Updated: Nov 14
Just a few years ago, affordable housing wasn’t even on the Brooklyn Park City Council’s radar. Thanks to ACER and partner organization La Asamblea de Derechos Civiles, things have changed.
In November 2017, the city council passed a ground-breaking affordable housing policy that will create and preserve affordable housing in the northwest Minneapolis suburb for at least 20 years. An innovative, multi-racial organizing partnership has ensured that affordable housing is a top priority for Brooklyn Park city officials.
ACER and La Asamblea are community-based organizations serving the African and Latino immigrant communities of Brooklyn Park, respectively.
Latino residents comprise about 6.5 percent of Brooklyn Park’s total population. An additional 5 percent of city residents are of African descent. Although small in comparison to the total population, these two immigrant groups make up a large portion of the city’s renters. Around 30 percent of Brooklyn Park residents are renters; in detail, 65 percent of Black residents and 60 percent of Latino residents rent their homes.
Affordable housing is an important issue for all Brooklyn Park residents. Approximately 56 percent of Brooklyn Park renters were cost-burdened by their housing in 2015, meaning they spent more than 30 percent of their income on housing. That same year, 26 percent of renters were severely cost-burdened, spending more than half of their income on housing.
Staff at ACER and La Asamblea became concerned when they saw several instances where Section 8 housing in other first-ring suburbs was purchased and converted to market rate units.
They knew that if that trend spread to Brooklyn Park, immigrants would become some of the most vulnerable to displacement.
ACER and La Asamblea partnered to knock on Brooklyn Park renters’ doors to learn about tenant concerns and priorities. They spoke with an estimated 2,000 tenants. Tenants talked about a lack of maintenance in older buildings, unfair evictions and towings, aggressive monitoring of tenant guests, unexpected rent increases, and a variety of health and safety concerns. The organizations learned that not only was there not enough affordable housing in Brooklyn Park, but the housing that did exist was substandard and created undue stress for residents.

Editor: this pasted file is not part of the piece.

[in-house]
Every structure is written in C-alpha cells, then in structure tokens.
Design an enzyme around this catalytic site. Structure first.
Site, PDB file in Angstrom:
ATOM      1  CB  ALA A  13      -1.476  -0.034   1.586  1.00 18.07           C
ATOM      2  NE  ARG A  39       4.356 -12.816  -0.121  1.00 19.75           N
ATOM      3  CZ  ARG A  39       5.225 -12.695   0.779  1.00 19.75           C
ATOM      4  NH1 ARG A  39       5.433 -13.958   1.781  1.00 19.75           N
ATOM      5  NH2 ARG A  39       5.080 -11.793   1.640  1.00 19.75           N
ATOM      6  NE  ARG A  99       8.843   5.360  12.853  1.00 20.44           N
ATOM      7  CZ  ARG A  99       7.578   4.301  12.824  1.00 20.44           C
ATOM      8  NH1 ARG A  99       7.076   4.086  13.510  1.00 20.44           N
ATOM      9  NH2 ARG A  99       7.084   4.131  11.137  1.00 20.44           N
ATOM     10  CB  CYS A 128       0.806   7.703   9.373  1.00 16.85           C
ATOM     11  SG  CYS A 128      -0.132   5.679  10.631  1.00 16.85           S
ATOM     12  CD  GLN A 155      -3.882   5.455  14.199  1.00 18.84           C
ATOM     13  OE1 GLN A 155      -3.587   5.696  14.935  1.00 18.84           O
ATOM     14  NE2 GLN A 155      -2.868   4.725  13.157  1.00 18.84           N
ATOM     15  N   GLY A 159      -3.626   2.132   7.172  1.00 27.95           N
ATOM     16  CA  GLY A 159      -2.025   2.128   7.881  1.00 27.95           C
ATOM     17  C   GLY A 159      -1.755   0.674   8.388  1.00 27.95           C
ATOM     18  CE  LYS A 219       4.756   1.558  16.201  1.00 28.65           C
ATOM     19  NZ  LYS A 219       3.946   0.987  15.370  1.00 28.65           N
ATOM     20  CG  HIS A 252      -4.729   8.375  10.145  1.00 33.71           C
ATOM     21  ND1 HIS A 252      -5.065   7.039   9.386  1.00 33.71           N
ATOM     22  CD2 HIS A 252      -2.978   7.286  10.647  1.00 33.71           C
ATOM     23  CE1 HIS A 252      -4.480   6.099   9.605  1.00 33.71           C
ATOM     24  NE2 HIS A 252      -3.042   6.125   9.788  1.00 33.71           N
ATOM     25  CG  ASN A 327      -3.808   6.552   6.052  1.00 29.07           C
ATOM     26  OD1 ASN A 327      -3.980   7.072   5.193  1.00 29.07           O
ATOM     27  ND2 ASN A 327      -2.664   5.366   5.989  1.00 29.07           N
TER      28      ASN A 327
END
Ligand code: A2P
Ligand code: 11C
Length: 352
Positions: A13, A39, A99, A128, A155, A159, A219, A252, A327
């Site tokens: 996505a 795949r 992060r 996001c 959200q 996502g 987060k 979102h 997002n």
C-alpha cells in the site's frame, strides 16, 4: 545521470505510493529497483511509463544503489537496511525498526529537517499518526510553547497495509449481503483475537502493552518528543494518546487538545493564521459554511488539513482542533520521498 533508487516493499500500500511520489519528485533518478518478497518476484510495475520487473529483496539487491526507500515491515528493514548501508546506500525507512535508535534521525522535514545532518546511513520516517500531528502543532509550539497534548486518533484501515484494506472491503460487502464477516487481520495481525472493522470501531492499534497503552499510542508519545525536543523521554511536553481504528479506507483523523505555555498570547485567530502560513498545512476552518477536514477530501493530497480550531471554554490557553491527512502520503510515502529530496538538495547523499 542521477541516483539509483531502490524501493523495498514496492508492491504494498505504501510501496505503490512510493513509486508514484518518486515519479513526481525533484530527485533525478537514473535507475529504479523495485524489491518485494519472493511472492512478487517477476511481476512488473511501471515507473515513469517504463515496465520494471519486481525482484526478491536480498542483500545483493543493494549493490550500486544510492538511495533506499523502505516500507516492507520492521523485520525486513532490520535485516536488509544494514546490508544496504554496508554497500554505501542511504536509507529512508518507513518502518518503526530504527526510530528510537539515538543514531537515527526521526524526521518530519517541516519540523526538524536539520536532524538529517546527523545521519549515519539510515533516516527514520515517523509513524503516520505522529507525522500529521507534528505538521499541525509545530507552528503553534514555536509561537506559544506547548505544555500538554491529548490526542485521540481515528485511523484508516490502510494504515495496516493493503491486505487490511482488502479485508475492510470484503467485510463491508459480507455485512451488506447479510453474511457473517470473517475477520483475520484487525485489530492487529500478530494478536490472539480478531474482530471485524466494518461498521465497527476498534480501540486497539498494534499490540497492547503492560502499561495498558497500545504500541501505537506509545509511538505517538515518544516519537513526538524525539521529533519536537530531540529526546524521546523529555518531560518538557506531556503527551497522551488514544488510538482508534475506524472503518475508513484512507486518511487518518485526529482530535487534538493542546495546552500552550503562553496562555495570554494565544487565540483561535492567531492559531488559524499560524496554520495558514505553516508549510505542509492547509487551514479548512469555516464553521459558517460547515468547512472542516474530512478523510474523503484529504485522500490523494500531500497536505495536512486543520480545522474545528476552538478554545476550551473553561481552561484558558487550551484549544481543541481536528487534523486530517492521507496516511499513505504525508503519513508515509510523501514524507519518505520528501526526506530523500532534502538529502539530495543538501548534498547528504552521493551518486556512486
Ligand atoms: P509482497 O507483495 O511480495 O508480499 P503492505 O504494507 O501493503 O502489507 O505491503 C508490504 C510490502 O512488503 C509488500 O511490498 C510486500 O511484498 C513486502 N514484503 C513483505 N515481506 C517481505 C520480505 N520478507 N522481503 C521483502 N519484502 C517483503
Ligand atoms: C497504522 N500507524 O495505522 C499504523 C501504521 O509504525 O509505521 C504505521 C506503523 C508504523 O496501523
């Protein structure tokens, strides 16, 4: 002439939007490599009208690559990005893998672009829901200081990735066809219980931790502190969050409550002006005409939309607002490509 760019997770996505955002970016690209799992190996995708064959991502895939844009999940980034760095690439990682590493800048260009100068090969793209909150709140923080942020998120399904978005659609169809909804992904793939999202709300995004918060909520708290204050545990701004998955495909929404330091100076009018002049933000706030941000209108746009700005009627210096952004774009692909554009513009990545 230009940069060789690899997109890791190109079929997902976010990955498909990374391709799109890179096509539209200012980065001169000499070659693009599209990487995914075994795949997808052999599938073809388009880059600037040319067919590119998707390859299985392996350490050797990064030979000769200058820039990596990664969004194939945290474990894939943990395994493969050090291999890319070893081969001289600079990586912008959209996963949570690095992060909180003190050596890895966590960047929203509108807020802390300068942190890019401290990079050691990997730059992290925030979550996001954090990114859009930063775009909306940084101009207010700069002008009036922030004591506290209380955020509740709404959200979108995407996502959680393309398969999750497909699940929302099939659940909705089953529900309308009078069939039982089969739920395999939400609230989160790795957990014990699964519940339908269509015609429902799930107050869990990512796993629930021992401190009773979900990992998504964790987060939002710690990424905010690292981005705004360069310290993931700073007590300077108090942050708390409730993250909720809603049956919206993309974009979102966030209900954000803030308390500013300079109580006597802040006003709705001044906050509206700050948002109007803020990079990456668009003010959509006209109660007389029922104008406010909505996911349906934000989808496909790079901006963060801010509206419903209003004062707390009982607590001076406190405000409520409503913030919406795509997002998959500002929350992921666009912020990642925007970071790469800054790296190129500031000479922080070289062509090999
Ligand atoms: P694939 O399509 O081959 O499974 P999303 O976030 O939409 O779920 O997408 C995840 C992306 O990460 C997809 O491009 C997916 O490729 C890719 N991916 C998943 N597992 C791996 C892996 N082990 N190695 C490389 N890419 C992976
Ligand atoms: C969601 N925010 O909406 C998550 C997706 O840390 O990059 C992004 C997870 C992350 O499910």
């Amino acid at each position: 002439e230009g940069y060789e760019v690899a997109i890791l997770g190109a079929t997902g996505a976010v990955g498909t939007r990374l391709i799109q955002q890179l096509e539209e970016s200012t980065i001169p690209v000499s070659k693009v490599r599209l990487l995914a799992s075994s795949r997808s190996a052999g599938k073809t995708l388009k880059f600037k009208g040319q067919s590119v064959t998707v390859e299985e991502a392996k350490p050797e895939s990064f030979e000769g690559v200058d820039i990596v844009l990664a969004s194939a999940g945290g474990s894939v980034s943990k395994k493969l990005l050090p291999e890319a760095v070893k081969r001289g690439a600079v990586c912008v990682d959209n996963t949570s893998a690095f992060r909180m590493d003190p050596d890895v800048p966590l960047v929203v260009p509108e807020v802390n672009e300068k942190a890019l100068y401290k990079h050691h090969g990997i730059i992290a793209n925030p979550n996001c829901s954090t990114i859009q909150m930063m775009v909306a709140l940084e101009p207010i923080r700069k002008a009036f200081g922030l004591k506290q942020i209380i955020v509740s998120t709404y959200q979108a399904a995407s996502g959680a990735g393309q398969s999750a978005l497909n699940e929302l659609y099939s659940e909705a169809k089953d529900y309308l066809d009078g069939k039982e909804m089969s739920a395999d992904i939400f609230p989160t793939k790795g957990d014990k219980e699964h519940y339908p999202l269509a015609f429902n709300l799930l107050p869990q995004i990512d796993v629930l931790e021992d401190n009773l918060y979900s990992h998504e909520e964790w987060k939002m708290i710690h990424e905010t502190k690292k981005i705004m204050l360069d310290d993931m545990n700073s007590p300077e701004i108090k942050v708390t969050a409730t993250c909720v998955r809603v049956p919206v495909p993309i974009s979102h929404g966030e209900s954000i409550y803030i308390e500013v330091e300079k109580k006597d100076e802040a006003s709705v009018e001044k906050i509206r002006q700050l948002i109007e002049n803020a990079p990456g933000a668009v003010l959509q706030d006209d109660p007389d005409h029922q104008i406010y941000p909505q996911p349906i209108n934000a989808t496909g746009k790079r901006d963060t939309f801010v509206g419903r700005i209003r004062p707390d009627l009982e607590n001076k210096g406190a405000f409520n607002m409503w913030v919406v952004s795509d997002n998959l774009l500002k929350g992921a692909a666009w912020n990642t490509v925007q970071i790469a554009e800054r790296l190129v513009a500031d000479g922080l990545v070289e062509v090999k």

The partner organizations provided leadership development and organizing training for volunteer leaders. This allowed the organizations to quickly mobilize residents when threats and opportunities arose.
In one successful endeavor, they worked with tenants at the Autumn Ridge apartment complex to organize for building upgrades and improvements to outdoor spaces. The organizing shifted the dynamics between the building owner Sherman Associates and residents. This partnership was so successful that the city of Brooklyn Park is considering expanding the model to other apartment complexes in the city.
“Now there is a sense of community there. The residents know each other and they have built close-knit relationships,” said ACER Executive Director Nelima Sitati Munene. “Now they know how to push for change.”
Staff from ACER and La Asamblea learned that the city of Brooklyn Park intended to update its Apartment Action Plan and advocated that tenants were engaged in the updates. By switching the approach to be more inclusive, rather than guiding landlord and property manager expectations, tenants would also be represented.
The new Apartment Action Plan includes feedback from at least 500 residents and is focused on improving the quality of life for renters in Brooklyn Park. Sitati Munene said the updated plan is a blueprint for equity and housing justice in the city.
We transformed that to say it should be about serving apartment dwellers. It should uphold good standards of housing, safety, health, and security for residents.
ACER and La Asamblea’s leadership development and organizing training created a critical mass of African and Latino immigrant community members with the skills and knowledge to advocate for change. With several small victories under their belts, the team set their sights on broader city policy changes with the potential to improve conditions for all Brooklyn Park renters.
Staff and residents proposed an aggressive new mixed-use housing policy that would require developers to include affordable housing in every new publicly subsidized housing complex in the city. ACER and La Asamblea organized renters to attend community forums and testify at City Council meetings about the need for more affordable housing choices. After several months of organizing and negotiating, city staff agreed to bring the policy to a vote.
On November 27, 2017, the Brooklyn Park City Council unanimously passed one of the most progressive mixed-use affordable housing policies in the Twin Cities region. The new policy stipulates that any new multi-family housing development of more than 10 units must include a percentage of affordable units. Under the new policy, developers can choose to develop:
at least 5 percent of the total units to be affordable at 30 percent of area median income (AMI).
at least 10 percent of the total units to be affordable at 50 percent of AMI.
or, at least 15 percent of the total units to be affordable at 60 percent of area median income.
Any affordable housing developed under the new policy will be preserved under the new law for at least 20 years.
After the city council’s unanimous vote, city council members praised ACER and La Asamblea de Derechos for their persistence.
“Stuff like this doesn’t happen unless you push for it,”
Said Councilmember Mark Mata.
“You have to ask, you have to fight, you have to be willing to make sacrifices, and things don’t always turn out your way…I commend you for your efforts and your time.”